Welcome to our coterminal angle calculator – a tool that will solve many of your problems regarding coterminal angles:

- Do you want to
**find a coterminal angle of a given angle**, preferably in the $[0, 360\degree)$[0,360°) range? Great news: you can see here. - Are you hunting for
**positive and negative coterminal angles**? Also here. - Would you like to
**check if two angles are coterminal**? Check! ✔️ - Are you searching for a
**coterminal angles calculator for radians**? Good for you, our tool works both for π radians and degrees. - Or maybe you're looking for a
**coterminal angles definition, with some examples**? Then you won't be disappointed with this calculator. - Will the tool guarantee me a passing grade on my math quiz? ❌ Well, our tool is versatile, but that's on you :)

Use our calculator to solve your coterminal angles issues, or scroll down to read more.

Let's start with the coterminal angles definition.

## What is a coterminal angle?

Coterminal angles are those angles that **share the terminal side of an angle occupying the standard position**. The standard position means that one side of the angle is fixed along the positive x-axis, and the vertex is located at the origin.

In other words, two angles are coterminal when **the angles themselves are different, but their sides and vertices are identical**. Also, you can remember the definition of the coterminal angle as **angles that differ by a whole number of complete circles**.

Look at the picture below, and everything should be clear!

So, as we said: all the coterminal angles start at the same side (initial side) and share the terminal side.

The thing which can sometimes be confusing is the **difference between the reference angle and coterminal angles definitions**. Remember that **they are not the same thing** – the reference angle is the angle between the terminal side of the angle and the x-axis, and it's always in the range of $[0, 90\degree]$[0,90°] (or $[0, \pi/2]$[0,π/2]): for more insight on the topic, visit our reference angle calculator!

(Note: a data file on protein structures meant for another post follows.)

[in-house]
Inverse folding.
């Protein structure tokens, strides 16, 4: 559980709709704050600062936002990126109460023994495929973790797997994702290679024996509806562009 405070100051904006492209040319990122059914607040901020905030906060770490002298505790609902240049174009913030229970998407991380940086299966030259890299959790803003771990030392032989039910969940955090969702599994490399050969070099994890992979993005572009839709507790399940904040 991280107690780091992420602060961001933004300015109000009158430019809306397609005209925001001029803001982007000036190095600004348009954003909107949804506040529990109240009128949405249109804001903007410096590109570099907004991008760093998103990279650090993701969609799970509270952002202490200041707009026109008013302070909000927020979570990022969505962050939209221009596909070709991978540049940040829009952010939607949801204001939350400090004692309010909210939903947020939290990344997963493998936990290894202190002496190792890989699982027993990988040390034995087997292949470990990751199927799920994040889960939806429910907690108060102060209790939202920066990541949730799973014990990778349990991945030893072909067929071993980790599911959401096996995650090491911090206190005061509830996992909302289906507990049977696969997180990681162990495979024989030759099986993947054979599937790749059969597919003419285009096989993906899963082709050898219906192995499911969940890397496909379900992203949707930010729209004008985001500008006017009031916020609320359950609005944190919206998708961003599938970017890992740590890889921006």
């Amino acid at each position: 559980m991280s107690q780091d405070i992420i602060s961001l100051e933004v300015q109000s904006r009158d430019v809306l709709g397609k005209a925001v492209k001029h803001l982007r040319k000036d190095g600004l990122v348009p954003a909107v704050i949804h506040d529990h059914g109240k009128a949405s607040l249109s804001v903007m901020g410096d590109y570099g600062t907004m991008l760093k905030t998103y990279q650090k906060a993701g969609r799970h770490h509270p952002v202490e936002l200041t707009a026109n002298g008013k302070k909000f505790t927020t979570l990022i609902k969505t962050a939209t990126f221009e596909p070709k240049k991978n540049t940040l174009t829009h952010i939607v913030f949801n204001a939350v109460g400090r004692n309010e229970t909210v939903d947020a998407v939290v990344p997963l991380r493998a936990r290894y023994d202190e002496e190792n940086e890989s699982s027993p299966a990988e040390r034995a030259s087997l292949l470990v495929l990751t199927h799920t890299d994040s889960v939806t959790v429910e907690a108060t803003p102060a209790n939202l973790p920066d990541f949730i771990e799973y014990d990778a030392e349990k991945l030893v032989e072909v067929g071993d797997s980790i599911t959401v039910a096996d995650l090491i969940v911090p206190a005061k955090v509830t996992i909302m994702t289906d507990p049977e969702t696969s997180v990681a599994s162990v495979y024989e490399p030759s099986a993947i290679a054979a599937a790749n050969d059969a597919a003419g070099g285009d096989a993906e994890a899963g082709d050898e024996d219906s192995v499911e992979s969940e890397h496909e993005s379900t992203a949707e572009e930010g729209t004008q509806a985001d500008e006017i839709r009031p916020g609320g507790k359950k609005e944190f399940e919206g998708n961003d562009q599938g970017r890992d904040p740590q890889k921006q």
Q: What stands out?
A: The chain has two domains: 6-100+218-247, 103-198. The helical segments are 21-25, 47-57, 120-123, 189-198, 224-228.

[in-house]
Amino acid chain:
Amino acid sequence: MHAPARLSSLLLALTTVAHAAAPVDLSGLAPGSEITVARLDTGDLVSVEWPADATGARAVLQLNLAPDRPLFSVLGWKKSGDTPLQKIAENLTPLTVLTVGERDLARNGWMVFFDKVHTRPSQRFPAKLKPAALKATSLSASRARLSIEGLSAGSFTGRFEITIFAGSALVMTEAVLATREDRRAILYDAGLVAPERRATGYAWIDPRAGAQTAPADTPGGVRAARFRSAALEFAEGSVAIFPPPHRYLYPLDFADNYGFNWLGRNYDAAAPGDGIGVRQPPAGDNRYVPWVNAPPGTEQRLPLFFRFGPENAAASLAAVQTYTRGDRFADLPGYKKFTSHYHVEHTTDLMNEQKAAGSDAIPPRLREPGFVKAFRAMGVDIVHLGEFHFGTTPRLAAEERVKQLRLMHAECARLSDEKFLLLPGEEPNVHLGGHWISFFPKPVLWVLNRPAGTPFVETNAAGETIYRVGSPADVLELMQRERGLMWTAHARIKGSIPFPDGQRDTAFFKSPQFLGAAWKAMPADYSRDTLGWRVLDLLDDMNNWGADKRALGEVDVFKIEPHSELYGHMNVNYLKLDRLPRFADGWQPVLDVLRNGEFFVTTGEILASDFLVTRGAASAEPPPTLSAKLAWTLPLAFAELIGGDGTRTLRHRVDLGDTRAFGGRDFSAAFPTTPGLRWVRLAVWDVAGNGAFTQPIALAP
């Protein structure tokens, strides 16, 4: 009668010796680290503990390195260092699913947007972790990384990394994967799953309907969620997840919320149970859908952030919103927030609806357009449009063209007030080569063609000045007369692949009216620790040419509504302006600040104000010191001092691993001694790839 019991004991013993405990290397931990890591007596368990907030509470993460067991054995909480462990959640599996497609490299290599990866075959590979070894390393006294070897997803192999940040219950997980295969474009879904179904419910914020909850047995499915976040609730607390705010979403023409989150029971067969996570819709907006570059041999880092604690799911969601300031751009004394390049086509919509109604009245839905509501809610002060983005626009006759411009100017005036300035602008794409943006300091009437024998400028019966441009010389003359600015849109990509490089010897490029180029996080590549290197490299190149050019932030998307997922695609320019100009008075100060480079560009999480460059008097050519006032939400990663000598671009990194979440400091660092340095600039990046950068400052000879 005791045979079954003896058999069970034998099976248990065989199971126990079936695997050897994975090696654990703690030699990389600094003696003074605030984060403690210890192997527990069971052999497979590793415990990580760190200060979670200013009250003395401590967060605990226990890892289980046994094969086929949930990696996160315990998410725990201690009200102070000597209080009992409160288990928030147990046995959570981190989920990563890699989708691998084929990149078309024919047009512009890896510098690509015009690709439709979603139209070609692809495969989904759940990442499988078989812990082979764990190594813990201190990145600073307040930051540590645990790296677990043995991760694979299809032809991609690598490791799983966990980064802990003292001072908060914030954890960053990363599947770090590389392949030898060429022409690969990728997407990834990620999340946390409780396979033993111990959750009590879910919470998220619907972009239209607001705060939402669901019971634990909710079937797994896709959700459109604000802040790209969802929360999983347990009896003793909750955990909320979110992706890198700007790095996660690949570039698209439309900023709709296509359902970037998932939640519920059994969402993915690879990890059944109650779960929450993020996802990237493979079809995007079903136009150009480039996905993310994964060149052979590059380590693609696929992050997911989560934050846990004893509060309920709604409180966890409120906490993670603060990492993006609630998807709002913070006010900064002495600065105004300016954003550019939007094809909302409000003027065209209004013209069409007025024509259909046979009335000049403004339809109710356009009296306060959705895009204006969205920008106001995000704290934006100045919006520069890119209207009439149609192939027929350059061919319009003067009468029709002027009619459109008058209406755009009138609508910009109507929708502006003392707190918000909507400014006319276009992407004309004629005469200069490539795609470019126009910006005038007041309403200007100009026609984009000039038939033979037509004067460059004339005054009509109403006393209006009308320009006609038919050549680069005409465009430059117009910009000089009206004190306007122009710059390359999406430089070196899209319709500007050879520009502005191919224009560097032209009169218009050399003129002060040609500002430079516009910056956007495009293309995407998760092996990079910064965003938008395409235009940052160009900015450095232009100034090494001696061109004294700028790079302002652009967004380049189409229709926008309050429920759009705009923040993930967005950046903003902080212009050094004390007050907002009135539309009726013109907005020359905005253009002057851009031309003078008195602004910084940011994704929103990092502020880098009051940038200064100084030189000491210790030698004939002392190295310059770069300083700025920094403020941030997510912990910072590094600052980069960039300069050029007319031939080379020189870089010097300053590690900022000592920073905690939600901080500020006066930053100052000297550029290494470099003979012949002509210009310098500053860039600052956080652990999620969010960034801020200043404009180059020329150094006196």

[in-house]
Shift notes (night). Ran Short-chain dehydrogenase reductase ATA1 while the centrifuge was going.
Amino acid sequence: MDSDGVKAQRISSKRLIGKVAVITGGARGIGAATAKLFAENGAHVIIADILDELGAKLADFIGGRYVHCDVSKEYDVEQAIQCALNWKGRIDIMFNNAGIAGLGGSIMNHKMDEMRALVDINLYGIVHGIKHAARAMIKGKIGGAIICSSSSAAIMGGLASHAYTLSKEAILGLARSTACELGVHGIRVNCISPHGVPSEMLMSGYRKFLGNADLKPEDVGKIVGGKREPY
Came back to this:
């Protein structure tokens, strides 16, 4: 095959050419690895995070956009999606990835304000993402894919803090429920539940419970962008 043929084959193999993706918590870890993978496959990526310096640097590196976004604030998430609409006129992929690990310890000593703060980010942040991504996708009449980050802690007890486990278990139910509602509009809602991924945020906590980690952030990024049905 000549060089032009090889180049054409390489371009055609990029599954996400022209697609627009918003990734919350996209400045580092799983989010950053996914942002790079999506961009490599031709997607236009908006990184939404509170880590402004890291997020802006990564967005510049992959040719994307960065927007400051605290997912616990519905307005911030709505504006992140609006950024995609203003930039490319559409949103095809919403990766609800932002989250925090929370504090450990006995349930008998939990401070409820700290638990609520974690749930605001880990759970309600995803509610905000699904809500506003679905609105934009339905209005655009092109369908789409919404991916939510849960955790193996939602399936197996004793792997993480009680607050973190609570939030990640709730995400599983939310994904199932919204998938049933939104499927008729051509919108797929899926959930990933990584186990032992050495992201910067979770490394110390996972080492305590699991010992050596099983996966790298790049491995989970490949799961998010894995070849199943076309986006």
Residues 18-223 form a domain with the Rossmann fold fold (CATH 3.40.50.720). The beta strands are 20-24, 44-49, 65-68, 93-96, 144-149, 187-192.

## How to find coterminal angles? Coterminal angles formula

To find the coterminal angles to your given angle, you need to add or subtract a multiple of 360° (or 2π if you're working in radians). So, to check whether the angles α and β are coterminal, check if they agree with a coterminal angles formula:

a) For angles measured in degrees:

$\beta=\alpha\pm(360\degree\times k)$β=α±(360°×k)

where $k$k is a positive integer.

b) For angles measured in radians:

$\beta = \alpha \pm(2\pi\times k)$β=α±(2π×k)

here `k`

is a positive integer

A useful feature is that in trigonometry functions calculations, any two coterminal angles have exactly the same trigonometric values. So if $\beta$β and $\alpha$α are coterminal, then their sines, cosines and tangents are all equal.

When calculating the sine, for example, we say:

$\sin(\alpha) = \sin(\alpha\pm(360\degree \times k))$sin(α)=sin(α±(360°×k))

## How to find a coterminal angle between 0 and 360° (or 0 and 2π)?

To determine the coterminal angle between $0\degree$0° and $360\degree$360°, all you need to do is to calculate the modulo – in other words, divide your given angle by the $360\degree$360° and check what the remainder is.